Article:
Friday, 23 August 2019

FrightFest 2019 - Day 1

FrightFest 2019

In 2010, I decided to go see Jorge Michel Grau’s ‘We Are What We Are’ at FrightFest at the Empire Leicester Square, and it was good. There was a slightly different cinema vibe than I was used to. Then I tried to see ‘A Serbian Film’, whose notoriety already preceded it, but it was banned. Next year, I went for a day and ever after I have been all weekend to FrightFest. I’m a sucker for watching film upon film and treat it as a key annual holiday.

It used to be that the films started with a brief “Turn off your bloody phone!” comedy skit, directed by a selection of horror directors, with frequent bad taste and outrageous gore. Now, we just get one sketch at the very opening, featuring Ian Rattray – as the ornery one of the festival organisers – but it’s never repeated… and considering trailers get repeated before films, it’s perhaps a little shame that this isn’t shown again at some point. But, you know: what a petty gripe.

The Soska Sisters welcome everyone to the event (you’ll know them mostly for ‘American Mary’) and then the four FrightFest organisers flounce up for the introduction to this 20th Anniversary edition of the festival: Ian Rattray, Alan Jones, Greg Day and Paul McEvoy. Actually, the intro-sketch video is longer and more convoluted than usual – Ian appearing through some well-known zombie films – so it probably wouldn’t work being repeated each morning. And then we’re off.

It’s a strong opening night with three highly entertaining and crowd-pleasing films.


Ant Timpson, 2019, 
USA-Canada-New Zealand-Ireland

Ant Timpson’s ‘Come to Daddy’ (but that particular Aphex Twin track isn’t used) is definitely the kind of film that I feel lucky to have gone into blind: reputation and future packaging is bound to give it all away, but for a long time, I didn’t know if it was supernatural (I think I assumed it was), but it ends up more in the pen with other FrightFest winners like ‘No One Lives’ and ’68 Kill’. It gave the FrightFest audience its first laugh immediately by quoting Shakespeare alongside Beyonce. Toby Harvard’s deft script takes its time revealing all its cards but has consistently amusing dialogue and uncomfortable situations to keep you on edge. It has a great coastal house location and excellent performances from Elijah Wood, Stephen McHattie, Martin Donovan and Michael Smiley. In the Q&A afterwards, Timpson related with much dark humour how the idea had come from seeing his own father drop dead and having the corpse in the house for a while. It's dark with it's far share of laughs and twists and doesn't overburden itself with too much exposition.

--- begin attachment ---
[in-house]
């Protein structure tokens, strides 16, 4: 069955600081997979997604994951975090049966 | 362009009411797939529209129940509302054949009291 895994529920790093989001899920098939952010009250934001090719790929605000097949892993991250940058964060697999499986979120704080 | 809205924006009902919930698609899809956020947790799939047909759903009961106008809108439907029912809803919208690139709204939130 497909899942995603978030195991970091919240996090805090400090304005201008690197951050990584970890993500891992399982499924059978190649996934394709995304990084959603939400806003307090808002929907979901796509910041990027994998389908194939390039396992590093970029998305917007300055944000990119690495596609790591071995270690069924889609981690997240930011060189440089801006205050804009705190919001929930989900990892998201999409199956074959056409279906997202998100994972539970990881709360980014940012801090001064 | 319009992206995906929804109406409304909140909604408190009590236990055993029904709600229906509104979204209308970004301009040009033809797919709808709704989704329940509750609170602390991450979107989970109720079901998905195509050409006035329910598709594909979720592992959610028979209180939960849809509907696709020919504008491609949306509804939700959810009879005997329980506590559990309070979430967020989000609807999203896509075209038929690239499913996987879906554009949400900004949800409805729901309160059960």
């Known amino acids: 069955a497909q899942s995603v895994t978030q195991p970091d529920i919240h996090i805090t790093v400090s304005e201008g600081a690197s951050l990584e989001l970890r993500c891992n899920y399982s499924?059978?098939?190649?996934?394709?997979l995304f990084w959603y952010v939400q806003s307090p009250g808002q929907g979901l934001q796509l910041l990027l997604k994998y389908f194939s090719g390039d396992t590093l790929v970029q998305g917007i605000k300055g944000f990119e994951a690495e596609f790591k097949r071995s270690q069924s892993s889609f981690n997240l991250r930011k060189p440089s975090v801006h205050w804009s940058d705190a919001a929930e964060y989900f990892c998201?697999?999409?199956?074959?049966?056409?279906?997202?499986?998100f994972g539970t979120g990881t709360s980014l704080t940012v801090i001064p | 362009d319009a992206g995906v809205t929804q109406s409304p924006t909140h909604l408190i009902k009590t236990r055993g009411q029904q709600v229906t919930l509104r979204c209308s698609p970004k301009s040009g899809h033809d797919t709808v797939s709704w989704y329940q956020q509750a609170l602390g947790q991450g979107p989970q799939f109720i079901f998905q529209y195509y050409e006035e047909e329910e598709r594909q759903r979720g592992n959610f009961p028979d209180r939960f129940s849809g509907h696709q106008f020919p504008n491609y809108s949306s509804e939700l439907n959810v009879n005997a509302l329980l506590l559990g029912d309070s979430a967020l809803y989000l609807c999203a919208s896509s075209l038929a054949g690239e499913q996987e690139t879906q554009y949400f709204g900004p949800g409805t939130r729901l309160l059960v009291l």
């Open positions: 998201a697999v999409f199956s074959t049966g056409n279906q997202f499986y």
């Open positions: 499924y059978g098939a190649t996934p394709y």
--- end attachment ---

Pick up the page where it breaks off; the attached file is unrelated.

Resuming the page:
Alexandre Aja, 2019, USA

Is a film currently postered all around town. There’s a hurricane that lays waste to town, but Haley goes to make sure her father is okay, although they have a prickly relationship… The fact that they must battle alligators that are in the crawlspace under the house – and in fact, are all around town too – is surely the bonding experience they need to overcome the hurdles between them. In that sense, there’s nothing at all new in Michael and Shawn Rasmussen’s screenplay, but it’s a monster movie executed with crowd-pleasing flare – although it may just be Aja’s most indistinctive piece. The alligators are great, but things are really elevated by the performances of Kaya Scoderlario and Barry Pepper. The key suspense is probably if the dog will survive, but if you’re paying attention to what kind of movie is playing out, you should guess.

André Øvredal, 2019, 

The other film that’s postered around town right now. Undoubtedly, I was expecting something far more average, but Øvredal – director of ‘Trollhunter’ and ‘The Autopsy of Jane Doe’ – is anything but that, so what we have are above-average characters and performances on something that might be termed as "‘Goosebumps’ Dark". You know this one: it's Halloween 1968 and a small group of outsiders end up oin a haunted house where they find a book of short horror stories that come to life.  But there is an alert nature to Øvredal’s direction so that, even if this all well-worn horror - the cosy end of it's tropes and familiarity - there’s nothing too perfunctory about this adaptation of the books by Alvin Schwartz and iconic illustrations of Stephen Gammel. It’s fun family horror – that was the intention – but filmed with a nice cool style and just enough that it may give even genre veterans some creeps. And its sense that horror is anything but fair keeps this from being cosy.

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